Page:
Chaos reigns at Charlotte with Kyle Larson out, Bell and Briscoe advancing
By Bob Pockrass
FOX Sports NASCAR Writer
CONCORD, N.C. — Let chaos reign.
NASCAR's playoff format isn't designed to reward the best driver of the season. It's designed to create pressure moments and see who can emerge.
Kyle Larson, the defending Cup champion, saw his hopes for back-to-back championships end Sunday. Some will be frustrated by that, and some will love that part of the playoffs, as a driver many expected to contend for the title is out after the quarterfinal round.
That's sports. But maybe nowhere other than NASCAR can things change so rapidly. It's the drama of a competition that can turn on a dime — or, in the case of Sunday, on a sign.
For 104 of the 109 scheduled laps, it didn't appear that there would be much chaos on the Charlotte Motor Speedway road course, the final race of the second round of the playoffs, after which the four winless championship-eligible drivers with the fewest points in the round would be eliminated from title contention.
Then an advertising sign, of all things, ended up on the track, and NASCAR had to throw the caution, bunching up the field for a restart with three laps remaining.
The drivers couldn't go two laps without a few wrecks, as those desperate for points tried to make something happen. That resulted in a piece of curbing coming up and NASCAR having to stop the race and set up a two-lap dash to the finish.
There were spins in the final laps but nothing to bring out the caution, and as the dust settled, Larson was on the outside looking in by two points.
Chase Briscoe was in before the cautions, then out, then looking like he would get in. Then he spun, and then he went from 21st to ninth in the final two laps to earn enough points to make the next round by beating Larson by those two points.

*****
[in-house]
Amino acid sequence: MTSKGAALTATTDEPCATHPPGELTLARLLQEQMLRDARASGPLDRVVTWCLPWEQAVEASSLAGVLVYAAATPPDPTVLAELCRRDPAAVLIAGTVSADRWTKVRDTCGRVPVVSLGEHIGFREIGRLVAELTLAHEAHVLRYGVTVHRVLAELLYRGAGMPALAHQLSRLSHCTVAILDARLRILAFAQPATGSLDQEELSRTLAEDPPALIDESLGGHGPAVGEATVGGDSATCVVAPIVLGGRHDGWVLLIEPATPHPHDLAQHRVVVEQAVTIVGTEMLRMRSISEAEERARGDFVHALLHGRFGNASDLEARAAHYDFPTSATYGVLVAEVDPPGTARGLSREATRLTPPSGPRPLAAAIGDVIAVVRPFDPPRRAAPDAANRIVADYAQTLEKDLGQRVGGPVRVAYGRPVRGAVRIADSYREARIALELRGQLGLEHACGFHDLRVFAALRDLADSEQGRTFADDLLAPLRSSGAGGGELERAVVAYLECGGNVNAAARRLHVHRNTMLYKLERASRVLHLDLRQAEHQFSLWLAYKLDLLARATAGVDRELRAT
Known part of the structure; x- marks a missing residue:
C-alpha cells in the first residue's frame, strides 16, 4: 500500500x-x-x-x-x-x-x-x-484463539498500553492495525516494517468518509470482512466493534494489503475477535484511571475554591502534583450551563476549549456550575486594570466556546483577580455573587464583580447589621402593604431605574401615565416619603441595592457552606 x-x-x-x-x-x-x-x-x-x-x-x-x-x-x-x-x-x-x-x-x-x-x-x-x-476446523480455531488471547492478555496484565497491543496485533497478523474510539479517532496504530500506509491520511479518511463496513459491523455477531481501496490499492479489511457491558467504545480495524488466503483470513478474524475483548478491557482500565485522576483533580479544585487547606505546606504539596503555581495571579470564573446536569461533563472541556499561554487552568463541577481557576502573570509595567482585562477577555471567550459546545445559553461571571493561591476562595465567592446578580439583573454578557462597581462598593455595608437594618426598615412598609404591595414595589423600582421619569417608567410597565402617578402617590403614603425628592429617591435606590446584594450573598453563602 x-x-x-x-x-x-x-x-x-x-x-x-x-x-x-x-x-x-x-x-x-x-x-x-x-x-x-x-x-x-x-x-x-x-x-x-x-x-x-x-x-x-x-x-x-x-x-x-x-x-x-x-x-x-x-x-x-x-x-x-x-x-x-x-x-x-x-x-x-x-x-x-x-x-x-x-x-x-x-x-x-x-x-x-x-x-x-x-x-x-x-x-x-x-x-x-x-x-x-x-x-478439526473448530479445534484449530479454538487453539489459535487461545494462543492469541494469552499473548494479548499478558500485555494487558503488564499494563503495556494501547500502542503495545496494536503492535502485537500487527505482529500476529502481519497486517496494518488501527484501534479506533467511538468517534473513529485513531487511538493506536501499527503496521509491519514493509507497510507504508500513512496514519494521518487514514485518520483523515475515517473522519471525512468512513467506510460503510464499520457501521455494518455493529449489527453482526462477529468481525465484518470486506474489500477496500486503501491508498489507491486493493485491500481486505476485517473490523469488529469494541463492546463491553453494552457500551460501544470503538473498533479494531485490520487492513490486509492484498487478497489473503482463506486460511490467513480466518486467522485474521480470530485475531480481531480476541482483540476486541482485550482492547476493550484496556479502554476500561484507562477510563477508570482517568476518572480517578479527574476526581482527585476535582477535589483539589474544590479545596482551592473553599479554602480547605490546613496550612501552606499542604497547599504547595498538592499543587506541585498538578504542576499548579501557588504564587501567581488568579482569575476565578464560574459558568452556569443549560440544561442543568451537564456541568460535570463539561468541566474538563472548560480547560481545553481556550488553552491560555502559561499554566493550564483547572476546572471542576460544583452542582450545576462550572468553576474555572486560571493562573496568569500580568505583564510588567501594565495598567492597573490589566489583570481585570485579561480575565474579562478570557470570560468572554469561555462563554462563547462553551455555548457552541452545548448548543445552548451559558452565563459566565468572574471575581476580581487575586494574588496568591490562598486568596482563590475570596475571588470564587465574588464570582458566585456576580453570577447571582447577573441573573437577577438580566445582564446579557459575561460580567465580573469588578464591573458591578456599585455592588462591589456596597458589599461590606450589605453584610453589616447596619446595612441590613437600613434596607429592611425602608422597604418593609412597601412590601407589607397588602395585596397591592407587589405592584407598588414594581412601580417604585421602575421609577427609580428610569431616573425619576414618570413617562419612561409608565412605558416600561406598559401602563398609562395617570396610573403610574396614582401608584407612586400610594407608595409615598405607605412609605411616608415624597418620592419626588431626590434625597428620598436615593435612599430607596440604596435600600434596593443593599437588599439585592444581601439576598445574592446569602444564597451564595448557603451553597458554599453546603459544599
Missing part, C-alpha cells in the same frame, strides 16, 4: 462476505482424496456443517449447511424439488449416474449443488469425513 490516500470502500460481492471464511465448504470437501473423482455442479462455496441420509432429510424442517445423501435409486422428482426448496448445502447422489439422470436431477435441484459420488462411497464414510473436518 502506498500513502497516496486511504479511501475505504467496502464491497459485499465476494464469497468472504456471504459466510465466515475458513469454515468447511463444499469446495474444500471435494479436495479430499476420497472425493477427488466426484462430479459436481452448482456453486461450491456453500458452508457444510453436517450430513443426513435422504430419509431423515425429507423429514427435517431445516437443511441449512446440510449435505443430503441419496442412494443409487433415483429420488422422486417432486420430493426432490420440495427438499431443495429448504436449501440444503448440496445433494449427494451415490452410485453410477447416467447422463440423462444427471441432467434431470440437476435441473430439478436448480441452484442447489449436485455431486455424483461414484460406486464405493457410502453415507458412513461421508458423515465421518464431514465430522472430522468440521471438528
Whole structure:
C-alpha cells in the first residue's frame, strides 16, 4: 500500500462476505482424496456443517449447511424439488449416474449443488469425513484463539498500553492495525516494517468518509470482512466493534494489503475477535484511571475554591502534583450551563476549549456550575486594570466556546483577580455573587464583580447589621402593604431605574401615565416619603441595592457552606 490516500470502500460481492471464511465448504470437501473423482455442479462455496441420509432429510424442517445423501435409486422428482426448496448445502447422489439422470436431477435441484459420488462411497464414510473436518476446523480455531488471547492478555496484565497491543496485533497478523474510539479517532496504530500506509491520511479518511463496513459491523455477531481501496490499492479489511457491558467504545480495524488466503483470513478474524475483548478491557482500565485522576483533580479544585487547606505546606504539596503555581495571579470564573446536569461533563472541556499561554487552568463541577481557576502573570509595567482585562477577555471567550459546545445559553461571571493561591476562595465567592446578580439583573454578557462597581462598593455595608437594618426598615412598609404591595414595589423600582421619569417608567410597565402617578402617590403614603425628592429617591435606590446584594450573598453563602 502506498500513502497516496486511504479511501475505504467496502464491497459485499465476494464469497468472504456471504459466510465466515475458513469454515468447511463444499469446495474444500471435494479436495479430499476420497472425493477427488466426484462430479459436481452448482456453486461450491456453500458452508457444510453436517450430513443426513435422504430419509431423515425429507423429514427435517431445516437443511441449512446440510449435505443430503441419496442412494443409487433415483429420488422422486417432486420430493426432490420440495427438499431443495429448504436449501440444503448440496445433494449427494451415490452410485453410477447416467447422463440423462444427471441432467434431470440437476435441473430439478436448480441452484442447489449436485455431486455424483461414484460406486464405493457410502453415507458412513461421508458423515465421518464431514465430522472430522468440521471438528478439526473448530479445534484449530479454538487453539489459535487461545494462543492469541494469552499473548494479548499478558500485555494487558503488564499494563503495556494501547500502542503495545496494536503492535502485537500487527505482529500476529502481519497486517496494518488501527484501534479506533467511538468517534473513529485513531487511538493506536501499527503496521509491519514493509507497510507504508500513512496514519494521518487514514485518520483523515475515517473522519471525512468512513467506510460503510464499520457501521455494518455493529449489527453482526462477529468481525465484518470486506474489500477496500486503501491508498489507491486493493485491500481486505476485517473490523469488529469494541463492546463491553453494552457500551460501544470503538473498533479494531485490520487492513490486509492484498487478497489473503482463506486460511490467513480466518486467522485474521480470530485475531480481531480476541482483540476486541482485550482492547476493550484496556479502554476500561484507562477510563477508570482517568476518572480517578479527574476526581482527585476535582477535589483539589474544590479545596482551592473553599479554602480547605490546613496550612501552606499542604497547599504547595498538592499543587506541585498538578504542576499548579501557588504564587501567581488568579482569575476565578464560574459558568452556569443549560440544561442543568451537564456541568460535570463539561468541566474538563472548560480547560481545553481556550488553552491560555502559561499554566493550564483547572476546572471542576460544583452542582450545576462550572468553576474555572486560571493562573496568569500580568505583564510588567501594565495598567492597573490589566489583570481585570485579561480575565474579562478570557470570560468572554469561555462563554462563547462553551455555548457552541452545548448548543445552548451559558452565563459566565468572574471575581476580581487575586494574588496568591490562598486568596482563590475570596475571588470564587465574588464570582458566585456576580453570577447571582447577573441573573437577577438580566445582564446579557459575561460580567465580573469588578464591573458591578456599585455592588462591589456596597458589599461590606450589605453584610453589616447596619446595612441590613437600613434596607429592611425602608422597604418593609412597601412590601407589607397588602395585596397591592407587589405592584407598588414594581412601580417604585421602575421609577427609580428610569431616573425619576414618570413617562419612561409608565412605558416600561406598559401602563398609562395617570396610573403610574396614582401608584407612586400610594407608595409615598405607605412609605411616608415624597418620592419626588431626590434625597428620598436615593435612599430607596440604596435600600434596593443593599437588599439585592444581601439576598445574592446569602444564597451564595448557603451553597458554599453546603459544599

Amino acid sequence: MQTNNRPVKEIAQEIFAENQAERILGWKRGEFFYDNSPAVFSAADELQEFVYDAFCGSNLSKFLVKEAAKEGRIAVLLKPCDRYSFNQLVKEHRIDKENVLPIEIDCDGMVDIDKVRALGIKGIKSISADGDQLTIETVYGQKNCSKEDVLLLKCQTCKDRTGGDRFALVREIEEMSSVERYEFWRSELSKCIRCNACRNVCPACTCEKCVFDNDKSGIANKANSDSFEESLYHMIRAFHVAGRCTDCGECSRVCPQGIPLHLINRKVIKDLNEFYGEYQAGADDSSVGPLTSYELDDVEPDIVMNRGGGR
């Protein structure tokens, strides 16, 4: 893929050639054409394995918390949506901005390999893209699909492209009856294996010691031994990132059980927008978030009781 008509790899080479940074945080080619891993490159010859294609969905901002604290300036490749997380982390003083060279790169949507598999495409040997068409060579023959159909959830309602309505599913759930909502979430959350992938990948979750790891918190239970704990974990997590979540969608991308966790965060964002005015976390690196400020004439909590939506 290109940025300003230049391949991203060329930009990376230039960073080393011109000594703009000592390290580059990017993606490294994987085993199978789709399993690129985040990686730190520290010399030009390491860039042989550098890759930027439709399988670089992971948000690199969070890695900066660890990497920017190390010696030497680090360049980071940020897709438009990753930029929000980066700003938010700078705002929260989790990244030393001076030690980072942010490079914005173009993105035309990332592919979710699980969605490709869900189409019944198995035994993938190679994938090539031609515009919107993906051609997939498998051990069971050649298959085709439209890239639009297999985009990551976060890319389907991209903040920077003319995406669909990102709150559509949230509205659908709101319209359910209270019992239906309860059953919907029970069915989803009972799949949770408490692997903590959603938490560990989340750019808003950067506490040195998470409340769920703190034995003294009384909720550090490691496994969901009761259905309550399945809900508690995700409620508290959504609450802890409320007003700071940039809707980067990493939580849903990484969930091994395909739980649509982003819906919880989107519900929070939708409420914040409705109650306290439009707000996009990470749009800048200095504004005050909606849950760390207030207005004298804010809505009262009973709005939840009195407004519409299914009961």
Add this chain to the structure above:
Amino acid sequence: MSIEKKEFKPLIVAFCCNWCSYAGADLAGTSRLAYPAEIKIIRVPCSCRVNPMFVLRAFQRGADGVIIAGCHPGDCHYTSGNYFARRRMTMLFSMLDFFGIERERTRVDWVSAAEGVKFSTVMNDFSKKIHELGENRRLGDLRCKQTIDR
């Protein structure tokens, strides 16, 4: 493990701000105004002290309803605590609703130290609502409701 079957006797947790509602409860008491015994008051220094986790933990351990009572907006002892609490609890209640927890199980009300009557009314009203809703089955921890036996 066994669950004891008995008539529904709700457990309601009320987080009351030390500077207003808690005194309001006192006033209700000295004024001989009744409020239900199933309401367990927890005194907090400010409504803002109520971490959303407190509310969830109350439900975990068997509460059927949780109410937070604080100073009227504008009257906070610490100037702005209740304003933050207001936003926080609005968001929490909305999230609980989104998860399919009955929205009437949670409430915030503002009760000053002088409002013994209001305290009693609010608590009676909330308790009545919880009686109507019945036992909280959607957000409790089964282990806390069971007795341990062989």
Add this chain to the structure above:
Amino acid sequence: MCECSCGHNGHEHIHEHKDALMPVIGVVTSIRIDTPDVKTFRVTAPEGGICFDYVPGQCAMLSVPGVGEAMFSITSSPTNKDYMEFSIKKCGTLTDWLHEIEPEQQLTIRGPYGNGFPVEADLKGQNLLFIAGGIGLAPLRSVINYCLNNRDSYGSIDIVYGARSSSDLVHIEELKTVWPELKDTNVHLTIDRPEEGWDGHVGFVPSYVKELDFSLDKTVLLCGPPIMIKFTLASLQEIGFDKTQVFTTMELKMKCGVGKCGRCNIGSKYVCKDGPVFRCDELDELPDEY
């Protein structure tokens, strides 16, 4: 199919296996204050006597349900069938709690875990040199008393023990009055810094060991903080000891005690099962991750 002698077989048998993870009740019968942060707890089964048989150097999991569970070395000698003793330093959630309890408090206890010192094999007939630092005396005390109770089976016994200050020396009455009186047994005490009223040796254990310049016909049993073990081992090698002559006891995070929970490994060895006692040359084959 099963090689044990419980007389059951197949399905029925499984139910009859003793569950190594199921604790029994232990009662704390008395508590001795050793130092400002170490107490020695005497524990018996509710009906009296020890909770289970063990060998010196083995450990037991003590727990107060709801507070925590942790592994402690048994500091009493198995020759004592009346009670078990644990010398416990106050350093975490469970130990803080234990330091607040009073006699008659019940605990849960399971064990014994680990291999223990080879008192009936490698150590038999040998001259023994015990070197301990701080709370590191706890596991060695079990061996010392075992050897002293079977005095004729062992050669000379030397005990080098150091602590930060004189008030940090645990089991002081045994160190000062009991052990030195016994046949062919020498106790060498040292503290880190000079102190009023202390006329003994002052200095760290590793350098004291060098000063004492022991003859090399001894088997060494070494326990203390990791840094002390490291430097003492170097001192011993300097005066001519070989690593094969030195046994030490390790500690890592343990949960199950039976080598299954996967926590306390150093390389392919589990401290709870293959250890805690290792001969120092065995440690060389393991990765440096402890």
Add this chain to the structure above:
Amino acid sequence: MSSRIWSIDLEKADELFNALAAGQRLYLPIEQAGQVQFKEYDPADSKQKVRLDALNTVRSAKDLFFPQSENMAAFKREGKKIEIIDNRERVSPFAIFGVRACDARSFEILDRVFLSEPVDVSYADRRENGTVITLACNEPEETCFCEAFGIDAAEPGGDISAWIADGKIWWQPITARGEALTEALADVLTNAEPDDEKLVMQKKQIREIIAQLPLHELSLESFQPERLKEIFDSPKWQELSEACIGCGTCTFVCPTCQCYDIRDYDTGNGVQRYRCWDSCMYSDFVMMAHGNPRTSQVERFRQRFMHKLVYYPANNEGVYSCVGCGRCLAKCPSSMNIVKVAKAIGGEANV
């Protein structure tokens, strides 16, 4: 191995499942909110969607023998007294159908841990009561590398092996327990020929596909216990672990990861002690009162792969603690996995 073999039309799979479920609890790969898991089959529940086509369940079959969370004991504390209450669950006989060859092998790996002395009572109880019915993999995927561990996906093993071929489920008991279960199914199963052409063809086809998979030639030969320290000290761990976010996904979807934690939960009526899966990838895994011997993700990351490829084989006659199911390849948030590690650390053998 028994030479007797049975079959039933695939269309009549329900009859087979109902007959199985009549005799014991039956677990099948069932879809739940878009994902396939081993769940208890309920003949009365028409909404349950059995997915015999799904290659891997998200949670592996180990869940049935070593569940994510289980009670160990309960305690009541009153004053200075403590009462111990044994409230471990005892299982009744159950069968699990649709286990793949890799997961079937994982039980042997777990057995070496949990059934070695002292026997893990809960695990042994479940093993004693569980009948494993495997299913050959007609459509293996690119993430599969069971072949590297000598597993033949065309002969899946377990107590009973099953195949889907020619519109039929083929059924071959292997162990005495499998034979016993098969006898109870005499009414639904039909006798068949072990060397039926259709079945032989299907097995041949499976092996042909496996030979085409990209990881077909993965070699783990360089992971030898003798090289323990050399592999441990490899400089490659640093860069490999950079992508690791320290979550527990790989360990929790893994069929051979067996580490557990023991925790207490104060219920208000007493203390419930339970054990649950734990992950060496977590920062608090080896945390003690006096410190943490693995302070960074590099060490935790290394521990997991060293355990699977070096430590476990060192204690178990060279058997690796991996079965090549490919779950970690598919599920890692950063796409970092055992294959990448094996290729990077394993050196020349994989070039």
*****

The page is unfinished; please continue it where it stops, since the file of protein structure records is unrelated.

"What a roller coaster," he said.
Christopher Bell needed that sign to fall, or else he would not have won and advanced. He was able to take a risk by putting on fresh tires after the caution for the sign, and then he was able to get up to the lead. His only way to advance Sunday was with a win, as he didn't have enough points.
"We see it time and time again where the fastest car doesn't win," Bell said. "Today we were not the fastest car, but we put ourselves in position."
It was all chaos on a road course designed for just that, as it uses a portion of the oval at Charlotte Motor Speedway and a relatively tight road course that weaves through the infield of Turns 1 and 2. A couple of chicanes are added on the backstretch and frontstretch to create passing zones.
It's fun to watch, but racing purists probably cringe because Charlotte is not a traditional road course. It creates the drama of a driver thinking he's in good shape and then all of a sudden crossing the finish line on the outside looking in.
Is it fun to watch? Is it a little absurd that things can be left up to chance? It depends on how one looks at it. Some will say Larson lost a chance at a championship because an advertising billboard ended up on the track. Larson will say it was his mistake that put him in the wall and in that position.